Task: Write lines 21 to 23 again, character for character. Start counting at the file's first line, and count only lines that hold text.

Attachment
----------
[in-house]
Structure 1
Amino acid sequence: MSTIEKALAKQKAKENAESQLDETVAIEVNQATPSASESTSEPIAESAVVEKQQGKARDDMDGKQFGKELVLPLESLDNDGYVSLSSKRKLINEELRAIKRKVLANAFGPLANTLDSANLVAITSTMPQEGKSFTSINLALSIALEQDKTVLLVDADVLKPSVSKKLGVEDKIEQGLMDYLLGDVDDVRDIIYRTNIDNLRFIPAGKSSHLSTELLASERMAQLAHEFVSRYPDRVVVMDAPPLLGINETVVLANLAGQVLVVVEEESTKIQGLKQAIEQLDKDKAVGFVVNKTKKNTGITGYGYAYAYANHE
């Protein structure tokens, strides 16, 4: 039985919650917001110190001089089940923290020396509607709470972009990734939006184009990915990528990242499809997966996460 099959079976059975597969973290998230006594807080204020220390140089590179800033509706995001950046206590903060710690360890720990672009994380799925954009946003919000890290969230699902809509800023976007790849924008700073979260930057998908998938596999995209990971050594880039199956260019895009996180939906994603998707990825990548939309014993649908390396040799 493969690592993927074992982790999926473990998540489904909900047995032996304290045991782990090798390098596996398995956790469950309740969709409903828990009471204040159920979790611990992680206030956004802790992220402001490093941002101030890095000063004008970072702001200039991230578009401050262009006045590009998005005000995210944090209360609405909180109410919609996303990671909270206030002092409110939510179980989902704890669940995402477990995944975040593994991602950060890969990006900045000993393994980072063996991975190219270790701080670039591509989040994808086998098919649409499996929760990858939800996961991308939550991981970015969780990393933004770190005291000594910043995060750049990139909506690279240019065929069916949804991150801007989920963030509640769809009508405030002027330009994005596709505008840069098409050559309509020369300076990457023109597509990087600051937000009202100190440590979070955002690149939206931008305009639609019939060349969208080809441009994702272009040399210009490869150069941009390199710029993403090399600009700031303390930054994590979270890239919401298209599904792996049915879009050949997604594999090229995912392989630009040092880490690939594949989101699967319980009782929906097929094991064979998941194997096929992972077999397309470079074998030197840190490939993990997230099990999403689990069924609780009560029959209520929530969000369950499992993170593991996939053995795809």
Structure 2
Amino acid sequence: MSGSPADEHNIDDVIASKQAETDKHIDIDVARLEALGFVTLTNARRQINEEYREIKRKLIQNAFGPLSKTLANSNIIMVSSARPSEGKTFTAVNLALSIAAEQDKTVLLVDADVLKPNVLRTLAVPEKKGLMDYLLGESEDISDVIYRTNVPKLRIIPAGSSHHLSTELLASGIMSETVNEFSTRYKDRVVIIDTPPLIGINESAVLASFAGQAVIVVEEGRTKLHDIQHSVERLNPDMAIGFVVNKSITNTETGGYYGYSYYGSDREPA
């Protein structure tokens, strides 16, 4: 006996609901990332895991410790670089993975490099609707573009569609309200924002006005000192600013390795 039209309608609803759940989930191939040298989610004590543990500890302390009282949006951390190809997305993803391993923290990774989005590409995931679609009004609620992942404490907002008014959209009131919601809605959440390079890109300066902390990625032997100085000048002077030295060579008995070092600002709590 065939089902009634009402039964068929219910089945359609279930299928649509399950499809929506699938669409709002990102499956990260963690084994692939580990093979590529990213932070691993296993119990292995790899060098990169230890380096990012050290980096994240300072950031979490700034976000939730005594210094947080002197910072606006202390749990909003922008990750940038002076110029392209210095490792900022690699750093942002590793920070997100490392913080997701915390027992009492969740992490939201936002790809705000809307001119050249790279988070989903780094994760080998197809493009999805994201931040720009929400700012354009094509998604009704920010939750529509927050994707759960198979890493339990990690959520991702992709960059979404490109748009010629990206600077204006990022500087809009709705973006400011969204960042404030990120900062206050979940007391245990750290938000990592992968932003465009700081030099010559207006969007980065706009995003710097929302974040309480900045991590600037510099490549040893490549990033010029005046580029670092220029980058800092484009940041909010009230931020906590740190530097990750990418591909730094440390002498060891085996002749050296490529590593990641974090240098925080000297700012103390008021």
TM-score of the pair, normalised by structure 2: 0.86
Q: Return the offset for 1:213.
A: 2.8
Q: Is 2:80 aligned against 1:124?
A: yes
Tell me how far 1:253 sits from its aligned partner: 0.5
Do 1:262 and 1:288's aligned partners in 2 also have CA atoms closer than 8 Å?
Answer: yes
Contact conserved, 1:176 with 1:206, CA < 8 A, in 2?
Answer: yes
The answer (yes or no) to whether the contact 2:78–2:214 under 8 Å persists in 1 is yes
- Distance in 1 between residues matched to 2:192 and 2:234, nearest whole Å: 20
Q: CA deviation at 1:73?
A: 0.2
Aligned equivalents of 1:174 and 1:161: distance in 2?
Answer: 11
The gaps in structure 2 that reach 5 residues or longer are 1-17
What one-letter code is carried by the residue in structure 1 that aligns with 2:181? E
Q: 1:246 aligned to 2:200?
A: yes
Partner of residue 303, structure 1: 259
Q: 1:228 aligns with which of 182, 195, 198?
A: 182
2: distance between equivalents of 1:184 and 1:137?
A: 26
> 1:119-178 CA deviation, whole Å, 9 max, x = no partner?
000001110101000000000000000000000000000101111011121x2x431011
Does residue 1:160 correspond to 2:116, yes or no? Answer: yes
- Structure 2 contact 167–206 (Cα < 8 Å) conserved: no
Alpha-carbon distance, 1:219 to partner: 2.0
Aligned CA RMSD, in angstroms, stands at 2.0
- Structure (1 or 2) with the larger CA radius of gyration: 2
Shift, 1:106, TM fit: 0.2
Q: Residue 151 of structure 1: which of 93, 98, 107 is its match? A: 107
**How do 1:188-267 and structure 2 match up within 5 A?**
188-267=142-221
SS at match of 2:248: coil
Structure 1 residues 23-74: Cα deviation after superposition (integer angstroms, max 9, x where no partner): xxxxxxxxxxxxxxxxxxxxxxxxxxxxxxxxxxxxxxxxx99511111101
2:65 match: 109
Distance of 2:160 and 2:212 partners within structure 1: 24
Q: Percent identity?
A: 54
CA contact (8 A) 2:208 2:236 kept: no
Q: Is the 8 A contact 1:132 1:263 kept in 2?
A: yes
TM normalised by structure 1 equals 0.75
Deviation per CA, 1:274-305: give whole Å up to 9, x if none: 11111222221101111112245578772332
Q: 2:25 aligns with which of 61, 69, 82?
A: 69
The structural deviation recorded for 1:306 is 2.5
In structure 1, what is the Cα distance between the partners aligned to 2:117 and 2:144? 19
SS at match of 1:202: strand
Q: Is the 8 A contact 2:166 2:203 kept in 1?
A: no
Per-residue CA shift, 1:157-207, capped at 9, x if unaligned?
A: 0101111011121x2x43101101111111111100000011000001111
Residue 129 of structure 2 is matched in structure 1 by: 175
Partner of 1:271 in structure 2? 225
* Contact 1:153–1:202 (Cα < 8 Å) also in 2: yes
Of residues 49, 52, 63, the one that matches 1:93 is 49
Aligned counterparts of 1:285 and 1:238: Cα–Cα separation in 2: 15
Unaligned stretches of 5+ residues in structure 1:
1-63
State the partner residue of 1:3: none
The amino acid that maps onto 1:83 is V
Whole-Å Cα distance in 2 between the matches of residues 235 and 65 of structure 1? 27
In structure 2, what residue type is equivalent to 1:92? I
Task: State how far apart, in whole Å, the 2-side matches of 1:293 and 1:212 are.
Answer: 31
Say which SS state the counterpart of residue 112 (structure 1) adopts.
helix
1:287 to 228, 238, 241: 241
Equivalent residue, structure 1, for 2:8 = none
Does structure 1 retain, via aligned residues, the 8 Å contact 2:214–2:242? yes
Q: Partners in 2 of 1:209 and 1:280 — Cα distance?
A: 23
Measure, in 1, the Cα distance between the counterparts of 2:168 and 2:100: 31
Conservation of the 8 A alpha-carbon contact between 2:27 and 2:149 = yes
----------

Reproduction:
A: 0.2
Aligned equivalents of 1:174 and 1:161: distance in 2?
Answer: 11